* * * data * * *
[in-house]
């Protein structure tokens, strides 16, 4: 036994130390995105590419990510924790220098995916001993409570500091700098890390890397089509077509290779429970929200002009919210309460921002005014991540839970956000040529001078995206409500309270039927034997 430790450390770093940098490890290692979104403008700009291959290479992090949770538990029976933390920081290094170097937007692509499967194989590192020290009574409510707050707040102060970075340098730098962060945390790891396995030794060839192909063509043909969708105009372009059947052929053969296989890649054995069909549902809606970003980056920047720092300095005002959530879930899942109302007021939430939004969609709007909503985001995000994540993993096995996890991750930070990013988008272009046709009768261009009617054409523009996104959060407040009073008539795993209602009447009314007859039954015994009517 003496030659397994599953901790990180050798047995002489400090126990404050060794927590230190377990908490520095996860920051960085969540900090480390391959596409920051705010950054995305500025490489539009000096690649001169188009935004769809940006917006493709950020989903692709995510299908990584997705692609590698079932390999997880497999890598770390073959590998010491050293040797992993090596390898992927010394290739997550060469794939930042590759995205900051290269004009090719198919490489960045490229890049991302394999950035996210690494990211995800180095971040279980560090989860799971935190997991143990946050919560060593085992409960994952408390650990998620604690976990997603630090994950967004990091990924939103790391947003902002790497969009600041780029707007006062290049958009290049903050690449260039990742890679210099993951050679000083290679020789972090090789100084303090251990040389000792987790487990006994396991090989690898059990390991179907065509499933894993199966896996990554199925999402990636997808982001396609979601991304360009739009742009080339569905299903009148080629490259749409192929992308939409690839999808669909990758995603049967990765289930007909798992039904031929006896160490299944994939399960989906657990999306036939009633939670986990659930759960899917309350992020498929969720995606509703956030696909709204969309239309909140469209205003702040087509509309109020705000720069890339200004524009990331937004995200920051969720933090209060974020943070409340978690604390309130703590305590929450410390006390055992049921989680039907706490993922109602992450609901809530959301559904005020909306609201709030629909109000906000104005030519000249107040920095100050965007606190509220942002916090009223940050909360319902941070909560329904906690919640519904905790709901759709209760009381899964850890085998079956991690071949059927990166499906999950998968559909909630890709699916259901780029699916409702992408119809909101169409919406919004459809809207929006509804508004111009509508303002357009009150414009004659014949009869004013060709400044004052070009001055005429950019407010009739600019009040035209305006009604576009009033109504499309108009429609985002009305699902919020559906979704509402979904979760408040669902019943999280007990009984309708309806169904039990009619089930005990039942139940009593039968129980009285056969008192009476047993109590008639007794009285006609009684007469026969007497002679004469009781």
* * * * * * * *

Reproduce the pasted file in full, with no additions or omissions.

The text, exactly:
[in-house]
């Protein structure tokens, strides 16, 4: 036994130390995105590419990510924790220098995916001993409570500091700098890390890397089509077509290779429970929200002009919210309460921002005014991540839970956000040529001078995206409500309270039927034997 430790450390770093940098490890290692979104403008700009291959290479992090949770538990029976933390920081290094170097937007692509499967194989590192020290009574409510707050707040102060970075340098730098962060945390790891396995030794060839192909063509043909969708105009372009059947052929053969296989890649054995069909549902809606970003980056920047720092300095005002959530879930899942109302007021939430939004969609709007909503985001995000994540993993096995996890991750930070990013988008272009046709009768261009009617054409523009996104959060407040009073008539795993209602009447009314007859039954015994009517 003496030659397994599953901790990180050798047995002489400090126990404050060794927590230190377990908490520095996860920051960085969540900090480390391959596409920051705010950054995305500025490489539009000096690649001169188009935004769809940006917006493709950020989903692709995510299908990584997705692609590698079932390999997880497999890598770390073959590998010491050293040797992993090596390898992927010394290739997550060469794939930042590759995205900051290269004009090719198919490489960045490229890049991302394999950035996210690494990211995800180095971040279980560090989860799971935190997991143990946050919560060593085992409960994952408390650990998620604690976990997603630090994950967004990091990924939103790391947003902002790497969009600041780029707007006062290049958009290049903050690449260039990742890679210099993951050679000083290679020789972090090789100084303090251990040389000792987790487990006994396991090989690898059990390991179907065509499933894993199966896996990554199925999402990636997808982001396609979601991304360009739009742009080339569905299903009148080629490259749409192929992308939409690839999808669909990758995603049967990765289930007909798992039904031929006896160490299944994939399960989906657990999306036939009633939670986990659930759960899917309350992020498929969720995606509703956030696909709204969309239309909140469209205003702040087509509309109020705000720069890339200004524009990331937004995200920051969720933090209060974020943070409340978690604390309130703590305590929450410390006390055992049921989680039907706490993922109602992450609901809530959301559904005020909306609201709030629909109000906000104005030519000249107040920095100050965007606190509220942002916090009223940050909360319902941070909560329904906690919640519904905790709901759709209760009381899964850890085998079956991690071949059927990166499906999950998968559909909630890709699916259901780029699916409702992408119809909101169409919406919004459809809207929006509804508004111009509508303002357009009150414009004659014949009869004013060709400044004052070009001055005429950019407010009739600019009040035209305006009604576009009033109504499309108009429609985002009305699902919020559906979704509402979904979760408040669902019943999280007990009984309708309806169904039990009619089930005990039942139940009593039968129980009285056969008192009476047993109590008639007794009285006609009684007469026969007497002679004469009781």